one line. The capitalized words in that string are the SQL com-
mands. It is beyond the scope of this chapter to give an SQL tuto-
rial, but, brieﬂy, SELECT chooses a subset of the table and the
ﬁelds named after select are the ones that will appear in the result.
The FROM command choose the table(s) where the data should
come from. The WHERE command speciﬁed a condition, in this
case that we only wanted rows where the July 2011 population was
less than one million. SQL is a powerful and ﬂexible language and
this just scratches the surface.
In this case we did not assign the results of dbGetQuery() to an-
other data object, so the results were just echoed to the R console.
But it would be easy to assign the results to a dataframe and then
use that dataframe for subsequent calculations or visualizations.
To emphasize a point made above, the normal motivation for ac-
cessing data through MySQL or another database system is that a
large database exists on a remote server. Rather than having our
own complete copy of those data, we can use dbConnect(),
dbGetQuery() and other database functions to access the remote
data through SQL. We can also use SQL to specify subsets of the
data, to preprocess the data with sorts and other operations, and to
create summaries of the data. SQL is also particularly well suited
to “joining” data from multiple tables to make new combinations.
In the present example, we only used one table, it was a very small
table, and we had created it ourselves in R from an Excel source, so
none of these were very good motivations for storing our data in
MySQL, but this was only a demonstration.
The next step beyond remote databases is toward distributed com-
puting across a “cluster” of computers. This combines the remote
access to data that we just demonstrated with additional computa-
tional capabilities. At this writing, one of the most popular systems
for large scale distributed storage and computing is “Hadoop”
(named after the toy elephant of the young son of the developer).
Hadoop is not a single thing, but is rather a combination of pieces
of software called a library. Hadoop is developed and maintained
by the same people who maintain the Apache open source web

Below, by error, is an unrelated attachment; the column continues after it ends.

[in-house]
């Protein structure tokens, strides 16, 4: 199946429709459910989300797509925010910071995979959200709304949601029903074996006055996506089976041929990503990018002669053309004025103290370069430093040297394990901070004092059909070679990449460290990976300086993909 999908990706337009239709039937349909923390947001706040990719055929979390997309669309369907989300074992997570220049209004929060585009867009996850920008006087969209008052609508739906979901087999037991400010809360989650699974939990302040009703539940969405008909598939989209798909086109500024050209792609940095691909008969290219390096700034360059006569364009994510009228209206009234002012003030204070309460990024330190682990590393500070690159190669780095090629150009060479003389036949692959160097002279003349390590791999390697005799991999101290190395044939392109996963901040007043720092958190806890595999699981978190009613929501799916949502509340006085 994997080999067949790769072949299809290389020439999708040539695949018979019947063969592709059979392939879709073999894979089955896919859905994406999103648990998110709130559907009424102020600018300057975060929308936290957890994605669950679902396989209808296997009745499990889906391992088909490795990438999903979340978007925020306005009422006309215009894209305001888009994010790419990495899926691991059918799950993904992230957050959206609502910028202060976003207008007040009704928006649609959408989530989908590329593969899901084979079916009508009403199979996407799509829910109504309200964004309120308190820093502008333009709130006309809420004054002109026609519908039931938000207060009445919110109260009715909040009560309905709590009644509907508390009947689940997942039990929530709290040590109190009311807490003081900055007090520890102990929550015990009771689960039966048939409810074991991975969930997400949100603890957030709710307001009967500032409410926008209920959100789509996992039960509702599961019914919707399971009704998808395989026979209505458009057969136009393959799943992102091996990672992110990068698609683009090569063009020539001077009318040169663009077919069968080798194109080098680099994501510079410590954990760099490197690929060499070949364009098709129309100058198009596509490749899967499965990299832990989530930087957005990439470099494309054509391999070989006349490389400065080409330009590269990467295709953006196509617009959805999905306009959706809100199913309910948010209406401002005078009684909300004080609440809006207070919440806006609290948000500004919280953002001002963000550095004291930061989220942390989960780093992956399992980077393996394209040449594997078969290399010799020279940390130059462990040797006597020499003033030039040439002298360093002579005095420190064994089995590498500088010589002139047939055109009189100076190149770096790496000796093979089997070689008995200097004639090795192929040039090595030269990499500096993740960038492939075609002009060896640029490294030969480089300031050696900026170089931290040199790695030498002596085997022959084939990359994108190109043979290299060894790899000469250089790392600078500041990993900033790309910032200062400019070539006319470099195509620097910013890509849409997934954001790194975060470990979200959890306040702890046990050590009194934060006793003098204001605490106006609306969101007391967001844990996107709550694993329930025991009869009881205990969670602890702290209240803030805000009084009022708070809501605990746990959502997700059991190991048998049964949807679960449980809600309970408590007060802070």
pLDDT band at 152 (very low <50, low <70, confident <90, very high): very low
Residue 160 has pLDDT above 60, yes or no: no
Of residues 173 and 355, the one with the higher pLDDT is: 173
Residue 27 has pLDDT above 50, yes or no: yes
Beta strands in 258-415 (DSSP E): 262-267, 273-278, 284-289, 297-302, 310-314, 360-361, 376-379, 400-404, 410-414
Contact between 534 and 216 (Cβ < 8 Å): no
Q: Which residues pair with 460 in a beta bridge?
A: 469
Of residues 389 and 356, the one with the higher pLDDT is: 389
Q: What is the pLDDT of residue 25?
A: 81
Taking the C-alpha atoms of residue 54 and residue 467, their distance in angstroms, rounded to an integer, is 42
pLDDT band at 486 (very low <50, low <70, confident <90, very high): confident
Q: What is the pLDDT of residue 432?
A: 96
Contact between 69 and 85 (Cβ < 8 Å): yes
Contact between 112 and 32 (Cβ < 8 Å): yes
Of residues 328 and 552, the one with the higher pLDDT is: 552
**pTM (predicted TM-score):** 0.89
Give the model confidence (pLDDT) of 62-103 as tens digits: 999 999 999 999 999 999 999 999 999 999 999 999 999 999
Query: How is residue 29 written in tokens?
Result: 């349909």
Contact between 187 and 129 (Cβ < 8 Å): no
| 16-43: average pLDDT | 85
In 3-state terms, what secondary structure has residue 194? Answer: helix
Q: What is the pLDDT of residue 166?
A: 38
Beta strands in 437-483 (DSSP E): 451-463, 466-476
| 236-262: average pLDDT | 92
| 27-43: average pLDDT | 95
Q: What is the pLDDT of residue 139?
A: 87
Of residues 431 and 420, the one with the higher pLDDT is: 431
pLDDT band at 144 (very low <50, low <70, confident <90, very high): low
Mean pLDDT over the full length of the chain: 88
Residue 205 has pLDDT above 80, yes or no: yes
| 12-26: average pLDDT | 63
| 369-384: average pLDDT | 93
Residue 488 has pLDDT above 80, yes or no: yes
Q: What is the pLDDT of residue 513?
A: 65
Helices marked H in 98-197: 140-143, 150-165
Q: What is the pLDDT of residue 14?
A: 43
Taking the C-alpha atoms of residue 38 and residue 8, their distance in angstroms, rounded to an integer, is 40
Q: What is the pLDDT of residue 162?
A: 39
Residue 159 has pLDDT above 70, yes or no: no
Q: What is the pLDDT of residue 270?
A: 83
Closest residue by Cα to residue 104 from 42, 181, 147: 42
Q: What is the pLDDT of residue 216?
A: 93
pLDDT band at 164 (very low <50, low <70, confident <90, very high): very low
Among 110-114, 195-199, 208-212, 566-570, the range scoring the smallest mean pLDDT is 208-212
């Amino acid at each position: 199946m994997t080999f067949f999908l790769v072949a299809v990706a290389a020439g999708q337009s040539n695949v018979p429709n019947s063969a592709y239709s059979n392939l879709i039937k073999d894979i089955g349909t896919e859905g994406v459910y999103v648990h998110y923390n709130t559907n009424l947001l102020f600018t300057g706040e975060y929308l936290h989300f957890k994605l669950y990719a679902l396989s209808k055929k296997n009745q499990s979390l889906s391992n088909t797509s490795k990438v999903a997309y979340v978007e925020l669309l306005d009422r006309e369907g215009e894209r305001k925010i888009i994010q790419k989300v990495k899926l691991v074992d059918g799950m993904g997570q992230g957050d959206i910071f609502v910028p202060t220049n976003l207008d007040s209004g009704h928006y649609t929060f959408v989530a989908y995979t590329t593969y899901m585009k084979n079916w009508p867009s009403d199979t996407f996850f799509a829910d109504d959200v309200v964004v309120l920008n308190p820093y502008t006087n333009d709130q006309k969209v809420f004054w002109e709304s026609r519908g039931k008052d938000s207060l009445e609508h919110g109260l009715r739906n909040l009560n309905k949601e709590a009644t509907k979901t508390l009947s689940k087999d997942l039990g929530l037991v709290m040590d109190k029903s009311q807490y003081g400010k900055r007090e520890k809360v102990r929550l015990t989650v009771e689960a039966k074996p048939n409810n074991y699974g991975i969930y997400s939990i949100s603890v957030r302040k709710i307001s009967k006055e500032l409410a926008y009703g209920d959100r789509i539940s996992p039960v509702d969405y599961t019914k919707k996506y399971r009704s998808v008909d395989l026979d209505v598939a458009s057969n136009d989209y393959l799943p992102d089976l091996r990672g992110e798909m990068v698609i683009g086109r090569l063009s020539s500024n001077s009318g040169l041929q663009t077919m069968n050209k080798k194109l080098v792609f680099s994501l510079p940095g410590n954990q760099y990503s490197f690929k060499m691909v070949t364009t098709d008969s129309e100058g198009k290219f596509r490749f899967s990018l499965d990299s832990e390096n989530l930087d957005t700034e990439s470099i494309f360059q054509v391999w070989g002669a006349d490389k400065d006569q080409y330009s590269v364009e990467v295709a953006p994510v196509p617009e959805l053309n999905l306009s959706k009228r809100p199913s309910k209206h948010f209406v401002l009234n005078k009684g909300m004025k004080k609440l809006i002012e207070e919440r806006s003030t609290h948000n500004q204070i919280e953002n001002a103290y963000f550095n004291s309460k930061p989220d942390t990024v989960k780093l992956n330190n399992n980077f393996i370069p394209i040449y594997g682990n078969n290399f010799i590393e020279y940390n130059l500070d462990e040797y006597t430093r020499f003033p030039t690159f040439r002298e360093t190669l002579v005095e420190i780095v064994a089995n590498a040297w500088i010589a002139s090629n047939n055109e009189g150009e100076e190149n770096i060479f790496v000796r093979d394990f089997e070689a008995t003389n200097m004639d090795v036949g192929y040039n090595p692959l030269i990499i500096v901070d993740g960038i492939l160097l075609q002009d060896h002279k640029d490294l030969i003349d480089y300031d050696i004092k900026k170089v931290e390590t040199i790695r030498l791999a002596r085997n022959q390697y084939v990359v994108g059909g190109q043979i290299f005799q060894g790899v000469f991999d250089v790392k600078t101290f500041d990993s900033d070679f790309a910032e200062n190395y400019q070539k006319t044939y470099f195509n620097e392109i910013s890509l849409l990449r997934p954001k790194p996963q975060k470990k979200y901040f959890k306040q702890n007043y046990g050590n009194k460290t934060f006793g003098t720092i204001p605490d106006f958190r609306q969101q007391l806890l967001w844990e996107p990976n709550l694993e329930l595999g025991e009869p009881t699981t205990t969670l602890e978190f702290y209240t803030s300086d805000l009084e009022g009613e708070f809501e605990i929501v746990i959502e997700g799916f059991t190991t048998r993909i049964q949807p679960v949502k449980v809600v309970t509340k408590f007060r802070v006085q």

server. There are about a dozen different parts of the Hadoop
framework, but the Hadoop Distributed Files System (HDFS) and
Hadoop MapReduce framework are two of the most important
HDFS is easy to explain. Imagine your computer and several other
computers at your home or workplace. If we could get them all to
work together, we could call them a “cluster” and we could theo-
retically get more use out of them by taking advantage of all of the
storage and computing power they have as a group. Running
HDFS, we can treat this cluster of computers as one big hard drive.
If we have a really large ﬁle - too big to ﬁt on any one of the com-
puters - HDFS can divide up the ﬁle and store its different parts in
different storage areas without us having to worry about the de-
tails. With a proper conﬁguration of computer hardware, such as
an IT department could supply, HDFS can provide an enormous
amount of “throughput” (i.e., a very fast capability for reading and
writing data) as well as redundancy and failure tolerance.
MapReduce is a bit more complicated, but it follows the same logic
of trying to divide up work across multiple computers. The term
MapReduce is used because there are two big processes involved:
map and reduce. For the map operation, a big job is broken up into
lots of separate parts. For example, if we wanted to create a search
index for all of the ﬁles on a company’s intranet servers, we could
break up the whole indexing task into a bunch of separate jobs.
Each job might take care of indexing the ﬁles on one server.
In the end, though, we don’t want dozens or hundreds of different
search indices. We want one big one that covers all of the ﬁles our
company owns. This is where the reduce operation comes in. As all
of the individual indexing jobs ﬁnish up, a reduce operation com-
bines them into one big job. This combining process works on the
basis of a so called “key.” In the search indexing example, some of
the small jobs might have found ﬁles that contained the word
“ﬁsh.” As each small job ﬁnishes, it mentioned whether or not ﬁsh
appeared in a document and perhaps how many times ﬁsh ap-
peared. The reduce operation uses ﬁsh as a key to match up the re-
sults from all of the different jobs, thus creating an aggregated sum-
mary listing all of the documents that contained ﬁsh. Later, if any-
one searched on the word ﬁsh, this list could be used to direct
them to documents that contained the word.
In short, “map” takes a process that the user speciﬁes and an indi-
cation of which data it applies to, and divides the processing into
as many separate chunks as possible. As the results of each chunk
become available, “reduce” combines them and eventually creates
and returns one aggregated result.
Recently, an organization called RevolutionAnalytics has devel-
oped an R interface or “wrapper” for Hadoop that they call RHa-
doop. This package is still a work in progress in the sense that it
does not appear in the standard CRAN package archive, not be-
cause there is anything wrong with it, but rather because Revolu-